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Dielectrophoretical fabrication of hybrid carbon nanotubes-hydrogel biomaterial for muscle tissue engineering applications

Published online by Cambridge University Press:  30 January 2014

Javier Ramón-Azcón
Affiliation:
WPI-Advanced Institute for Materials Research, Tohoku University, Sendai 980-8577, Japan
Samad Ahadian
Affiliation:
WPI-Advanced Institute for Materials Research, Tohoku University, Sendai 980-8577, Japan
Raquel Obregon
Affiliation:
Graduate School of Environmental Studies, Tohoku University, Sendai 980-8579, Japan
Hitoshi Shiku
Affiliation:
Graduate School of Environmental Studies, Tohoku University, Sendai 980-8579, Japan
Ali Khademhosseini
Affiliation:
WPI-Advanced Institute for Materials Research, Tohoku University, Sendai 980-8577, Japan Department of Medicine, Center for Biomedical Engineering, Brigham and Women’s Hospital, Harvard Medical School, Cambridge, Massachusetts 02139, USA; Harvard–MIT Division of Health Sciences and Technology, Massachusetts Institute of Technology, Cambridge, Massachusetts 02139, USA; Wyss Institute for Biologically Inspired Engineering, Harvard University, Boston, Massachusetts 02115, USA; Department of Maxillofacial Biomedical Engineering and Institute of Oral Biology, School of Dentistry, Kyung Hee University, Seoul 130-701, Republic of Korea.
Tomokazu Matsue
Affiliation:
WPI-Advanced Institute for Materials Research, Tohoku University, Sendai 980-8577, Japan Graduate School of Environmental Studies, Tohoku University, Sendai 980-8579, Japan
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Abstract

Dielectrophoresis (DEP) approach was employed to achieve highly aligned multi-walled carbon nanotubes (MWCNTs) within the gelatin methacrylate (GelMA) hydrogels in a facile, rapid, inexpensive, and reproducible manner. This approach enabled us to make different CNTs alignments (e.g., vertical or horizontal alignments) within the GelMA hydrogel using different electrode designs or configurations. Anisotropically aligned GelMA-CNTs hydrogels showed considerably higher conductivity compared to randomly distributed CNTs dispersed in the GelMA hydrogel and the pristine and non-conductive GelMA hydrogel. Adding 0.3 mg/mL CNTs to the GelMA hydrogel led to a slight increase in the mechanical properties of the GelMA and made it to behave as a viscoelastic material. Therefore, it can be used as a suitable scaffold for soft tissues, such as skeletal muscle tissue. 3D microarrays of skeletal muscle myofibers were then fabricated based on the GelMA and GelMA-CNTs hydrogels and they were characterized in terms of gene expressions related to the muscle cell differentiation and contraction. Owing to high electrical conductivity of aligned GelMA-CNTs hydrogels, the engineered muscle tissues cultivated on these materials demonstrated superior maturation and functionality particularly after applying the electrical stimulation (voltage 8 V, frequency 1 Hz, and duration 10 ms for 2 days) compared to the corresponding tissues obtained on the pristine GelMA and randomly distributed CNTs within the GelMA hydrogel.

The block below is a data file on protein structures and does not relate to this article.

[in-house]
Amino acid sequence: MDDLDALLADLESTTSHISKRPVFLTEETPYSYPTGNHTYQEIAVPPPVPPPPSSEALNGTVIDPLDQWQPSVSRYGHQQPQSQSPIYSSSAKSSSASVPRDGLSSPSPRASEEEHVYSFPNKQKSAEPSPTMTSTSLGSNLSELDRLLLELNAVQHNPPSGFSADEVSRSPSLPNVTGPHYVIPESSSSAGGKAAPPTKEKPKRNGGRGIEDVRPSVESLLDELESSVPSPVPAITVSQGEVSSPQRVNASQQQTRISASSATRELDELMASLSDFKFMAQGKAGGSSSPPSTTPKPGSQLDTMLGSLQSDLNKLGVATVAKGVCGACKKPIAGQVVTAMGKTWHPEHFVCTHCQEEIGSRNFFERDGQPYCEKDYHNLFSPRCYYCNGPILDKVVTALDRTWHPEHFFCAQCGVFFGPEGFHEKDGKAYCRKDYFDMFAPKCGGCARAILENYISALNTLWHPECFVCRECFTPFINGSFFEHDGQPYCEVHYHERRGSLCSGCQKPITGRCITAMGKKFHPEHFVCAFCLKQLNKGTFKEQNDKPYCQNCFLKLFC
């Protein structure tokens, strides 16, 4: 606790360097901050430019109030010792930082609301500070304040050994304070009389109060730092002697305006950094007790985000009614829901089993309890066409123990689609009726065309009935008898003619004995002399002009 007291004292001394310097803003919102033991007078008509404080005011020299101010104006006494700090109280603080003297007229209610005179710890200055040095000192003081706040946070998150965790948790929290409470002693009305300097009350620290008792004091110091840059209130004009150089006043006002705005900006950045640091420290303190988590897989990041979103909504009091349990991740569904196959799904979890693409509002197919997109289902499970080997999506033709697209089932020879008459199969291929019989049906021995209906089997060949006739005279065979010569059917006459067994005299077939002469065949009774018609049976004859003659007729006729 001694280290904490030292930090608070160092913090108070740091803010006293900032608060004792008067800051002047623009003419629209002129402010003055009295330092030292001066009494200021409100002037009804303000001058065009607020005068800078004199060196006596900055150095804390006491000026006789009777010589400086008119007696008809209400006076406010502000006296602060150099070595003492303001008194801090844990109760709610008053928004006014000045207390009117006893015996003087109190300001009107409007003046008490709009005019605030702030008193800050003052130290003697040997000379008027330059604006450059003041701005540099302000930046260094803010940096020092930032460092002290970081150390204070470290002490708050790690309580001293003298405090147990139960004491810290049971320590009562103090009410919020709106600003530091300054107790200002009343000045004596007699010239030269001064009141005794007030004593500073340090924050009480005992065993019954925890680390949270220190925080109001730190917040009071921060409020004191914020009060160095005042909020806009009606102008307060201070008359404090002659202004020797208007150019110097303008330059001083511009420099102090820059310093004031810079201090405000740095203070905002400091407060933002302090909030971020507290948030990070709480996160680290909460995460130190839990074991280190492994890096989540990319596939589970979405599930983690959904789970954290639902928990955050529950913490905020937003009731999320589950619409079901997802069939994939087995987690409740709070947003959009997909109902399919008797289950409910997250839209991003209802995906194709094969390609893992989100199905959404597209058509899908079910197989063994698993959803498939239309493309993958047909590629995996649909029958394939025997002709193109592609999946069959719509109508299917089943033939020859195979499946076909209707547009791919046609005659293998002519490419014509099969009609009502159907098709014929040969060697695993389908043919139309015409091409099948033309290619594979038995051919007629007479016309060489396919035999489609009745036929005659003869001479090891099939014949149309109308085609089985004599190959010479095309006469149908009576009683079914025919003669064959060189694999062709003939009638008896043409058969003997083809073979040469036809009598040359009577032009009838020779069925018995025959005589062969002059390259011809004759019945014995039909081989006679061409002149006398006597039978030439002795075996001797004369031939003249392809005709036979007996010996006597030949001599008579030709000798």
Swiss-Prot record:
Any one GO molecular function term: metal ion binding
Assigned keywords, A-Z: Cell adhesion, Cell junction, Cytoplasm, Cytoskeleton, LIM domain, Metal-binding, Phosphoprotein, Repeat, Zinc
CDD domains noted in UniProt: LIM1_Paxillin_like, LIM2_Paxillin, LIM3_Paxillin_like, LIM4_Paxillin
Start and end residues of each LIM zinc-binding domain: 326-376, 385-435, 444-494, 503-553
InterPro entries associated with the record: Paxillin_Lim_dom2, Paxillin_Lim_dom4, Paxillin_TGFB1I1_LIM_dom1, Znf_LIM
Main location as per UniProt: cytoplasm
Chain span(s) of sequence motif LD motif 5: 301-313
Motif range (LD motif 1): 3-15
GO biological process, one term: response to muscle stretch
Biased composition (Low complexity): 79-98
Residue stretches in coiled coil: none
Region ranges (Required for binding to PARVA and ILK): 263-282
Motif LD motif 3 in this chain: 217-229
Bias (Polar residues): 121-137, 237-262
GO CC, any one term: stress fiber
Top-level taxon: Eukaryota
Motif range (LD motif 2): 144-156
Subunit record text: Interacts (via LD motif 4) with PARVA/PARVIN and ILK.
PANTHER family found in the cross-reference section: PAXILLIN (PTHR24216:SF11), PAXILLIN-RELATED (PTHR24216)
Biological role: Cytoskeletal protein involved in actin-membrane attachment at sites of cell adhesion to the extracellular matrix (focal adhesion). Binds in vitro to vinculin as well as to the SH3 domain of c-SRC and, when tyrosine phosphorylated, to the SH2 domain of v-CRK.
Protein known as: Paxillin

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Articles
Copyright
Copyright © Materials Research Society 2014 

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References

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Dielectrophoretical fabrication of hybrid carbon nanotubes-hydrogel biomaterial for muscle tissue engineering applications
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